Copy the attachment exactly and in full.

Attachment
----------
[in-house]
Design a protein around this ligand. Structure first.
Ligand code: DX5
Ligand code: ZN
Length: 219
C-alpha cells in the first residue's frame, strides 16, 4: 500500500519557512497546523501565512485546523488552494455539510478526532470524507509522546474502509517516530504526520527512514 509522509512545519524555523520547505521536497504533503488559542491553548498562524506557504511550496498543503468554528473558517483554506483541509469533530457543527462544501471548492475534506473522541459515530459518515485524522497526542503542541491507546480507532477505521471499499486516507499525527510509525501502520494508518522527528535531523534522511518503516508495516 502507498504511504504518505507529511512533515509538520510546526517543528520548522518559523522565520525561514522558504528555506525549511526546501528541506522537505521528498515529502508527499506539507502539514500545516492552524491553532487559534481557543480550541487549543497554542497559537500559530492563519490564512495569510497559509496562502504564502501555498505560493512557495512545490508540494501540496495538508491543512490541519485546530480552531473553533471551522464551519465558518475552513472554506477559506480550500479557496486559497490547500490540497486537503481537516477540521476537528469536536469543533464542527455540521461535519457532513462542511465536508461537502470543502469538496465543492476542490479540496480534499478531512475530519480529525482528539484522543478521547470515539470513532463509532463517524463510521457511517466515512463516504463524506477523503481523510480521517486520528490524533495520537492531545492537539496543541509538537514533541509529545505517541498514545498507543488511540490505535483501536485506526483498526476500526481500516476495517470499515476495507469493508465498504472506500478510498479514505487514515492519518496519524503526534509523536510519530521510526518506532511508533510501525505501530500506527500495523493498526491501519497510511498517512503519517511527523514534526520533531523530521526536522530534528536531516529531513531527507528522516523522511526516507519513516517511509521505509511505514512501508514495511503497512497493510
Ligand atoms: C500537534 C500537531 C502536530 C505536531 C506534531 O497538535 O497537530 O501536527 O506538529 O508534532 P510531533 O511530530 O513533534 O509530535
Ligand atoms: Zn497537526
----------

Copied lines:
[in-house]
Design a protein around this ligand. Structure first.
Ligand code: DX5
Ligand code: ZN
Length: 219
C-alpha cells in the first residue's frame, strides 16, 4: 500500500519557512497546523501565512485546523488552494455539510478526532470524507509522546474502509517516530504526520527512514 509522509512545519524555523520547505521536497504533503488559542491553548498562524506557504511550496498543503468554528473558517483554506483541509469533530457543527462544501471548492475534506473522541459515530459518515485524522497526542503542541491507546480507532477505521471499499486516507499525527510509525501502520494508518522527528535531523534522511518503516508495516 502507498504511504504518505507529511512533515509538520510546526517543528520548522518559523522565520525561514522558504528555506525549511526546501528541506522537505521528498515529502508527499506539507502539514500545516492552524491553532487559534481557543480550541487549543497554542497559537500559530492563519490564512495569510497559509496562502504564502501555498505560493512557495512545490508540494501540496495538508491543512490541519485546530480552531473553533471551522464551519465558518475552513472554506477559506480550500479557496486559497490547500490540497486537503481537516477540521476537528469536536469543533464542527455540521461535519457532513462542511465536508461537502470543502469538496465543492476542490479540496480534499478531512475530519480529525482528539484522543478521547470515539470513532463509532463517524463510521457511517466515512463516504463524506477523503481523510480521517486520528490524533495520537492531545492537539496543541509538537514533541509529545505517541498514545498507543488511540490505535483501536485506526483498526476500526481500516476495517470499515476495507469493508465498504472506500478510498479514505487514515492519518496519524503526534509523536510519530521510526518506532511508533510501525505501530500506527500495523493498526491501519497510511498517512503519517511527523514534526520533531523530521526536522530534528536531516529531513531527507528522516523522511526516507519513516517511509521505509511505514512501508514495511503497512497493510
Ligand atoms: C500537534 C500537531 C502536530 C505536531 C506534531 O497538535 O497537530 O501536527 O506538529 O508534532 P510531533 O511530530 O513533534 O509530535
Ligand atoms: Zn497537526